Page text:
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Assumptions about future birth rates are made as part of the national population projections. Birth rate assumptions for females are shown in Table 2, by single year of age for those aged 16 to 19 and for those aged 15 and under. Figures are for each year, from mid-2004 to mid-2005 (the first year of the projection), and for the next 20 years.
|Table 2: Assumed mid-year to mid-year birth rates per 1,000 females at each age under 20, United Kingdom, 2004-05 to 2026-27|
|19||18||17||16||15 and under|
As National Statistician and Registrar General for England and Wales I have been asked to reply to your recent question asking if the Office for National Statistics will include a question identifying sexuality in the next Census. (75967)
There are concerns about the quality and usefulness of the data that can be collected with a self-completion questionnaire such as is used in the Census. ONS recognise the strong user demand for information on sexual orientation and the need for information to be collected however.
Confirmation of the questions that are to be included in the 2011 Census will follow the consultation and testing programme, and formal approval is given by Parliament in 2010. A White Paper setting out the Government's proposals is scheduled to be published in autumn 2008.
As National Statistician, I have been asked to reply to your recent question asking how many deaths resulted from the use of crack cocaine in each of the last five years, broken down by age. (75565)
Available figures relate to deaths where the underlying cause was drug poisoning, not the total number where use of crack cocaine was a contributory factor. ONS routinely carries out special monitoring of deaths from drug-related poisoning and publishes a combined figure for deaths mentioning cocaine on the death certificate. It is not possible to provide separate figures on deaths related to crack cocaine and cocaine from routine mortality data, as it is not possible to separately identify crack cocaine from other forms of cocaine at post mortem and other evidence to distinguish the form of cocaine taken is rarely provided at death certification.
The most recent year for which figures are available is 2004. The following table shows the number of deaths where the underlying cause of death was drug-related poisoning and
cocaine was mentioned on the death certificate in England and Wales for the calendar years 2000 to 2004.
|Number of deaths from drug-related poisoning( 1) where cocaine was mentioned on group, England and Wales, 2000 to 2004( 2)|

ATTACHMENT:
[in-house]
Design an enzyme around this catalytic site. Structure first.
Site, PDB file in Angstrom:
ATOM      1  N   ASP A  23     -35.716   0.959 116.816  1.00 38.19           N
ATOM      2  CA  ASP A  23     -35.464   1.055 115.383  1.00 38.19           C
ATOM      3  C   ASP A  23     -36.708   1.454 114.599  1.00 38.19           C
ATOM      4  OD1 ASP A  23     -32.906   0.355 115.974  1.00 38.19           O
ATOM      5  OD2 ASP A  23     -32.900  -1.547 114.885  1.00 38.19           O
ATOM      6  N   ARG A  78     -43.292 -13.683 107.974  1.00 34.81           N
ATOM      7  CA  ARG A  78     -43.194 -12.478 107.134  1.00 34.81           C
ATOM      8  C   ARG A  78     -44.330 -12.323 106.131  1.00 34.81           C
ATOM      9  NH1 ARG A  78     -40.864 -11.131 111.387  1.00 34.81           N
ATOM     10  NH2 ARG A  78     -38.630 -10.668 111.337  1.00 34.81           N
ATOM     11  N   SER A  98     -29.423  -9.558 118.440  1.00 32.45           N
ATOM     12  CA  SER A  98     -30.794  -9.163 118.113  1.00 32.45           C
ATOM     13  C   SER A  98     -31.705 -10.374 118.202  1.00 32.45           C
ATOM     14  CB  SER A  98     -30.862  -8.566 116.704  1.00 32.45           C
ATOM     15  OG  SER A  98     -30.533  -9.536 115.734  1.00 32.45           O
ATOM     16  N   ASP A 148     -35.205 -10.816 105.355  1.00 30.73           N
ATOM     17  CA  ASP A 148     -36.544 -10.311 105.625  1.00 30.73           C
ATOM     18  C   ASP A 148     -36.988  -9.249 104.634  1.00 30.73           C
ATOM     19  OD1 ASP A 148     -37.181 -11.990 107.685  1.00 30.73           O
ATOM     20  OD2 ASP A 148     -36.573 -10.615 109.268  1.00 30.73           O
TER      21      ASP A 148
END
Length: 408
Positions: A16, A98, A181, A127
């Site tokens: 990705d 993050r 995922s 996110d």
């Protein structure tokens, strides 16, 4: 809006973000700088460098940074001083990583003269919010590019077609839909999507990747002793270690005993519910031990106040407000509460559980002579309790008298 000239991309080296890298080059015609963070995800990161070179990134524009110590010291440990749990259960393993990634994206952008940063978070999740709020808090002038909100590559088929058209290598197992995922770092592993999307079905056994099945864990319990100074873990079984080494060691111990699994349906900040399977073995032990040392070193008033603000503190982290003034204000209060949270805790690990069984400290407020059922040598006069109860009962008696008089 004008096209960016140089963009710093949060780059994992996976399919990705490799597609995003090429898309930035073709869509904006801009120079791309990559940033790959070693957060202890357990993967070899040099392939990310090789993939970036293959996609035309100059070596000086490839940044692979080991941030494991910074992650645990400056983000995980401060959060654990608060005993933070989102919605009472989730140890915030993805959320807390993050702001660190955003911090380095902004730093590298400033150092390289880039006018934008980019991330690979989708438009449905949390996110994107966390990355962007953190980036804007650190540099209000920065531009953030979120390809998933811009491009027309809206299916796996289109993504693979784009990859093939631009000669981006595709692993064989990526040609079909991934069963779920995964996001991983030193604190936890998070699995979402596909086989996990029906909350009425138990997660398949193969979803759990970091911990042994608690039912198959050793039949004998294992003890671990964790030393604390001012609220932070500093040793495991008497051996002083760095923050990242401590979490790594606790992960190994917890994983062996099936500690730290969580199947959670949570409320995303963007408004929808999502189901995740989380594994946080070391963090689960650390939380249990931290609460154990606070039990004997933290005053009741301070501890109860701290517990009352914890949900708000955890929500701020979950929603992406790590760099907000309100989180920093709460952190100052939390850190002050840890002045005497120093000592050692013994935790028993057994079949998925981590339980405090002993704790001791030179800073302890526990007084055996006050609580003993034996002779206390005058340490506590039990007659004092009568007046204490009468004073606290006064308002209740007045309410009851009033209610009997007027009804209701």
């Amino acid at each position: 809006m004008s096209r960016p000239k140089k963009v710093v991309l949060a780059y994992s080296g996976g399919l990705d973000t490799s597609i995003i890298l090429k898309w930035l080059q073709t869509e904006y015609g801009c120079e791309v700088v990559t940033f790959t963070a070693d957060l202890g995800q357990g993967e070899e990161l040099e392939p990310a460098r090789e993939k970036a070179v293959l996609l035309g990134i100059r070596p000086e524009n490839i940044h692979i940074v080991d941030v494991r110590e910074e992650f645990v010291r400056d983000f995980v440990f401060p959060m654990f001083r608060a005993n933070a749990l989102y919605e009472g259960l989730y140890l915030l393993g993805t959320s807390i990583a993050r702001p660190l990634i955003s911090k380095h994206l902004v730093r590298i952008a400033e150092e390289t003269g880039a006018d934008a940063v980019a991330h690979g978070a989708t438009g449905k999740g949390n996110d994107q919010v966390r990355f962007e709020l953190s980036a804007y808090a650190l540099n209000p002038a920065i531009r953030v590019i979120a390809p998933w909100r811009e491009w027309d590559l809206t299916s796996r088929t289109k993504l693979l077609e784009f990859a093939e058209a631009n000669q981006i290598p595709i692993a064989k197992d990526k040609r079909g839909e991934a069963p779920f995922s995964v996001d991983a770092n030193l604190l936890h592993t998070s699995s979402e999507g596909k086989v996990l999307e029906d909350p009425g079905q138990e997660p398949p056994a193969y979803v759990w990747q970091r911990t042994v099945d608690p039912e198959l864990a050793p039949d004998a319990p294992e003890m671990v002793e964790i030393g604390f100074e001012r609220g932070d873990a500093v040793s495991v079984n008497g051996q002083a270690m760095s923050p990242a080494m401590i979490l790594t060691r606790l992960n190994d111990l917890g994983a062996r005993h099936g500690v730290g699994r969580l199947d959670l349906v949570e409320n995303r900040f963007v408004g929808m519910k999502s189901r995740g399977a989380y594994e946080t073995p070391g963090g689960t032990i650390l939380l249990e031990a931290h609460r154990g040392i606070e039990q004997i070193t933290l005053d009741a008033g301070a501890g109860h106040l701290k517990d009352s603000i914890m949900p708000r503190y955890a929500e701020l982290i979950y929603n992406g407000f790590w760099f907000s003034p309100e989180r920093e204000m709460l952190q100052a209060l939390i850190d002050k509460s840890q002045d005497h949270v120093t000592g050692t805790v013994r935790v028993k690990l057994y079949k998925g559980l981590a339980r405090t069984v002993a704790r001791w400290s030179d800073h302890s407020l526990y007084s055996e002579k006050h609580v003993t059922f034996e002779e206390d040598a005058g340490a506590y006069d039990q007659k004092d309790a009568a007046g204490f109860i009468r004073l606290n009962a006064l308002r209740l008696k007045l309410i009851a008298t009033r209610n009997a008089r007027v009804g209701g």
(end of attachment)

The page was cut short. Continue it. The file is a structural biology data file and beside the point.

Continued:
|(1) Cause of death was defined using the International Classification of Diseases, Ninth Revision (ICD-9) codes 292, 304, 305.2-305.9, E850-E858, E950.0-E950.5, E962.0 and E980.0-E980.5 for the year 2000, and the Tenth Revision (1CD-10) codes F11-F16, F18-F19, X40-X44, X60-X64, X85 and Y10-Y14from 2001 onwards.|
(2) Data are for deaths occurring in each calendar year.
Office for National Statistics
To ask the Chancellor of the Exchequer how many families there were in each region in
England and Wales with (a) one child, (b) two children, (c) three children, (d) four children, (e) five children, (f) six to eight children, (g) eight to 10 children and (h) more than 10 children in each year since 1997. 
As National Statistician I have been asked to reply to your request for how many families there were in each region in England and Wales with (a) one child, (b) two children, (c) three children, (d) four children, (e) five children, (f) six to eight children, (g) eight to 10 children and (h) more than 10 children in each year since 1997. (75627)
Reliable estimates of larger families at regional level are only available from the census. The attached table shows the number of families in the 2001 Census by number of dependent children (this excludes children aged over 18 and those who are aged 16-18 who were married or were not in full-time education). As there were few families with more than 10 dependent children (59 in all of England and Wales) these figures cannot be released by region for reasons of confidentiality.
|Families with dependent children: by number of dependent children and region: England and Wales, 2001|
|Families with the following number of dependent children:|
|Region||One||Two||Three||Four||Five||Six or seven||Eight or more||All families with dependent children|
1. A family consists of a couple (married or cohabiting) with or without children, or a lone-parent and their children.
2. A dependent child is a person in a household aged 0 to 15 (whether or not in a family) or a person aged 16 to 18 who is not married and is a full-time student in a family with parent(s).
Census, April 2001, Office for National Statistics
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